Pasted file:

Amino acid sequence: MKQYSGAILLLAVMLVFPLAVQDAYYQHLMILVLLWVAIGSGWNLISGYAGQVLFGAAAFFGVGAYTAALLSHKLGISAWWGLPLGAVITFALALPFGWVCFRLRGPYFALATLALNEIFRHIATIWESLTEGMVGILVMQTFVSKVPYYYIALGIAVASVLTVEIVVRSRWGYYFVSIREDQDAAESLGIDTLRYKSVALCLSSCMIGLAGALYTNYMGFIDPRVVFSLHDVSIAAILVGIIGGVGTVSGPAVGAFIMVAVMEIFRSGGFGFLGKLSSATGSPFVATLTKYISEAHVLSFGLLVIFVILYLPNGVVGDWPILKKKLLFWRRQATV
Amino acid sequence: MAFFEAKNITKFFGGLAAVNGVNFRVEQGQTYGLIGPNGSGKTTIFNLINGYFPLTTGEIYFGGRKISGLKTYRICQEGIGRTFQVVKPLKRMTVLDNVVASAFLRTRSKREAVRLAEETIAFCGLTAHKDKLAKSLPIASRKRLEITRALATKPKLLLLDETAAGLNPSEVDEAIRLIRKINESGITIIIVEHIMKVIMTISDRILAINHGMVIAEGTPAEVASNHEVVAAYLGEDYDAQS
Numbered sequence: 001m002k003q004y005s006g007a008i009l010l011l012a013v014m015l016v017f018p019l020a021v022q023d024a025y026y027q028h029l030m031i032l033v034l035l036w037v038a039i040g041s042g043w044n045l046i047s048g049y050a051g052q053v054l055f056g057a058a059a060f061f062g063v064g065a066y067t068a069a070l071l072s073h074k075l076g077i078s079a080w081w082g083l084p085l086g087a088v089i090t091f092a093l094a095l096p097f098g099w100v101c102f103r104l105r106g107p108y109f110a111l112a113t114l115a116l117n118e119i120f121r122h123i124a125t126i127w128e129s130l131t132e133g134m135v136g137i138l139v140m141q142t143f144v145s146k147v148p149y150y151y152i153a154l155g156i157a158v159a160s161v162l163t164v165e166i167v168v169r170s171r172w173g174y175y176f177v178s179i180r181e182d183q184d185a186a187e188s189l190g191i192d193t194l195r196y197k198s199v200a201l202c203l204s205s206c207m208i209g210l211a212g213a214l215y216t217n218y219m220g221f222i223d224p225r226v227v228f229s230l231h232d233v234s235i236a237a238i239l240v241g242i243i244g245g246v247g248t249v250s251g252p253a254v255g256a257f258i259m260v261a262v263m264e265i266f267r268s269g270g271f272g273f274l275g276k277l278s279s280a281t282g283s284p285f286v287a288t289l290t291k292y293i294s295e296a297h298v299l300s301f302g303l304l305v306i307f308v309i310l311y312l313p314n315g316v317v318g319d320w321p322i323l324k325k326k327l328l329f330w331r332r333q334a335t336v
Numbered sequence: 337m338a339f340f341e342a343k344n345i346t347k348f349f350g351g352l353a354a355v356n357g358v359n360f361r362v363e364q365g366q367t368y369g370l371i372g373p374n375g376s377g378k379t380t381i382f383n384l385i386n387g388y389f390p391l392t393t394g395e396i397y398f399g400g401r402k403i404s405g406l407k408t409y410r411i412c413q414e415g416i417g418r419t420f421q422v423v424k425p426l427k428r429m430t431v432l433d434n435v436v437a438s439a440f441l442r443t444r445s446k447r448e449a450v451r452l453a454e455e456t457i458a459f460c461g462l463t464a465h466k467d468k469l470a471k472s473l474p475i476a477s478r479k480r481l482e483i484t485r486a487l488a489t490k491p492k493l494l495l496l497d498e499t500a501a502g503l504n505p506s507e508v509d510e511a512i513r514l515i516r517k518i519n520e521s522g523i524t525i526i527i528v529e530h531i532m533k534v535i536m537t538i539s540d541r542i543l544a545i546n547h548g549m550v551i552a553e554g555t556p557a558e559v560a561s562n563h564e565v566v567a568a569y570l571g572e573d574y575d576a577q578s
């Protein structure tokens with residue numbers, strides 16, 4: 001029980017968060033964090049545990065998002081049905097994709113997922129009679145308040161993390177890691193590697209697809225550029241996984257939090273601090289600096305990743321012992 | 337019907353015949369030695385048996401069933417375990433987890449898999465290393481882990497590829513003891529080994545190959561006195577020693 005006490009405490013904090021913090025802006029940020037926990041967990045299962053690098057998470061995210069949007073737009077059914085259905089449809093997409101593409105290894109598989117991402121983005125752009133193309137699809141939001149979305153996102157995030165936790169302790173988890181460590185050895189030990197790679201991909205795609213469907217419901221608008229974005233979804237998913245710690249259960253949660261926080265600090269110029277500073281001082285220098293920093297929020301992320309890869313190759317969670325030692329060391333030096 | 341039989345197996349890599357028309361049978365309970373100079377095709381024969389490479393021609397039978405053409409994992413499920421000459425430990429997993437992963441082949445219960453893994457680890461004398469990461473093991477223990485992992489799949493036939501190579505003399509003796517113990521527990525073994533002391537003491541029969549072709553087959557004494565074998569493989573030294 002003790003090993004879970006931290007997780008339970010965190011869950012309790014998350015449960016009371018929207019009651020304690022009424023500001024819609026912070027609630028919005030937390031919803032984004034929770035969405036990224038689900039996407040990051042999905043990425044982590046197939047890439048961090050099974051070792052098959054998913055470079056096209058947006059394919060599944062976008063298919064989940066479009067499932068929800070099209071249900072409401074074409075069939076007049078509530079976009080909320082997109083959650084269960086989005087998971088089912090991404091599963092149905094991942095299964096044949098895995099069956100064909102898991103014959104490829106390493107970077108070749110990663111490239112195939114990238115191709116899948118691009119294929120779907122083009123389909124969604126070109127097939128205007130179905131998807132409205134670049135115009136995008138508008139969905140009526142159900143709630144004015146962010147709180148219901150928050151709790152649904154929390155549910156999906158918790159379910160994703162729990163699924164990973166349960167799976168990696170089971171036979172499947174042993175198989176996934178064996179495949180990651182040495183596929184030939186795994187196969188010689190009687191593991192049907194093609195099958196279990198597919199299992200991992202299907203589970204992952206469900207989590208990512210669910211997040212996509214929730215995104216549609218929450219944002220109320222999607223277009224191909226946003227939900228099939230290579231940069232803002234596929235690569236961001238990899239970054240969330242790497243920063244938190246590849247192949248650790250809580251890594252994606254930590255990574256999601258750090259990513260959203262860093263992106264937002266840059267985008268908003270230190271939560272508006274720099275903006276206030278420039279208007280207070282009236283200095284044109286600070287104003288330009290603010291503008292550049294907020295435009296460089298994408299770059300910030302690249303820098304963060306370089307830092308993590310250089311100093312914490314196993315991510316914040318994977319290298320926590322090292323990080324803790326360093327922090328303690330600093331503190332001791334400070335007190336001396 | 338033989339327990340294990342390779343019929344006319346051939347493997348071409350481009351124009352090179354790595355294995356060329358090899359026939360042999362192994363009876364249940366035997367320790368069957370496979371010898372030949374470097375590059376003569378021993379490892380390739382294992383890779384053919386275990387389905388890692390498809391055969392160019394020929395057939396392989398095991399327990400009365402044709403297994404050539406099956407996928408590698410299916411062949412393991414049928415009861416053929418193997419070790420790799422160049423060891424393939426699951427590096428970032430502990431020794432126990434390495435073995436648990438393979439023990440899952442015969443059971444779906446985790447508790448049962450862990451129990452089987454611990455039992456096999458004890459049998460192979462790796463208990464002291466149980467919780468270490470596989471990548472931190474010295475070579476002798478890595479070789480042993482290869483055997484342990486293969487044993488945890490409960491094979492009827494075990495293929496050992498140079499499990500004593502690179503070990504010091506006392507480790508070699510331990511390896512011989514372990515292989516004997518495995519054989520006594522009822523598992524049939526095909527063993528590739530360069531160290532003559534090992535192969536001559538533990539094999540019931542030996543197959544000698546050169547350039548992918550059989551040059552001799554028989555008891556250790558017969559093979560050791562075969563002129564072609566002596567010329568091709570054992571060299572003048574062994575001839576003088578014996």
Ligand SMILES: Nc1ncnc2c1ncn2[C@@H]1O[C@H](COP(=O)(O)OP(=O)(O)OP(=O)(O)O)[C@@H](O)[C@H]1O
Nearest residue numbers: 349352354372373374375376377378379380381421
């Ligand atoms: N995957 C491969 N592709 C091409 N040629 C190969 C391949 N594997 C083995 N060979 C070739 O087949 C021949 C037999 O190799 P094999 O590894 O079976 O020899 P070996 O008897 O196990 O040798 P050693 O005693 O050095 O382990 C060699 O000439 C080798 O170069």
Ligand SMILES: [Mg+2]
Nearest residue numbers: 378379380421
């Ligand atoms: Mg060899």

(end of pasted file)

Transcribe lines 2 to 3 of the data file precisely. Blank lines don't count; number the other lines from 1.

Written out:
Amino acid sequence: MAFFEAKNITKFFGGLAAVNGVNFRVEQGQTYGLIGPNGSGKTTIFNLINGYFPLTTGEIYFGGRKISGLKTYRICQEGIGRTFQVVKPLKRMTVLDNVVASAFLRTRSKREAVRLAEETIAFCGLTAHKDKLAKSLPIASRKRLEITRALATKPKLLLLDETAAGLNPSEVDEAIRLIRKINESGITIIIVEHIMKVIMTISDRILAINHGMVIAEGTPAEVASNHEVVAAYLGEDYDAQS
Numbered sequence: 001m002k003q004y005s006g007a008i009l010l011l012a013v014m015l016v017f018p019l020a021v022q023d024a025y026y027q028h029l030m031i032l033v034l035l036w037v038a039i040g041s042g043w044n045l046i047s048g049y050a051g052q053v054l055f056g057a058a059a060f061f062g063v064g065a066y067t068a069a070l071l072s073h074k075l076g077i078s079a080w081w082g083l084p085l086g087a088v089i090t091f092a093l094a095l096p097f098g099w100v101c102f103r104l105r106g107p108y109f110a111l112a113t114l115a116l117n118e119i120f121r122h123i124a125t126i127w128e129s130l131t132e133g134m135v136g137i138l139v140m141q142t143f144v145s146k147v148p149y150y151y152i153a154l155g156i157a158v159a160s161v162l163t164v165e166i167v168v169r170s171r172w173g174y175y176f177v178s179i180r181e182d183q184d185a186a187e188s189l190g191i192d193t194l195r196y197k198s199v200a201l202c203l204s205s206c207m208i209g210l211a212g213a214l215y216t217n218y219m220g221f222i223d224p225r226v227v228f229s230l231h232d233v234s235i236a237a238i239l240v241g242i243i244g245g246v247g248t249v250s251g252p253a254v255g256a257f258i259m260v261a262v263m264e265i266f267r268s269g270g271f272g273f274l275g276k277l278s279s280a281t282g283s284p285f286v287a288t289l290t291k292y293i294s295e296a297h298v299l300s301f302g303l304l305v306i307f308v309i310l311y312l313p314n315g316v317v318g319d320w321p322i323l324k325k326k327l328l329f330w331r332r333q334a335t336v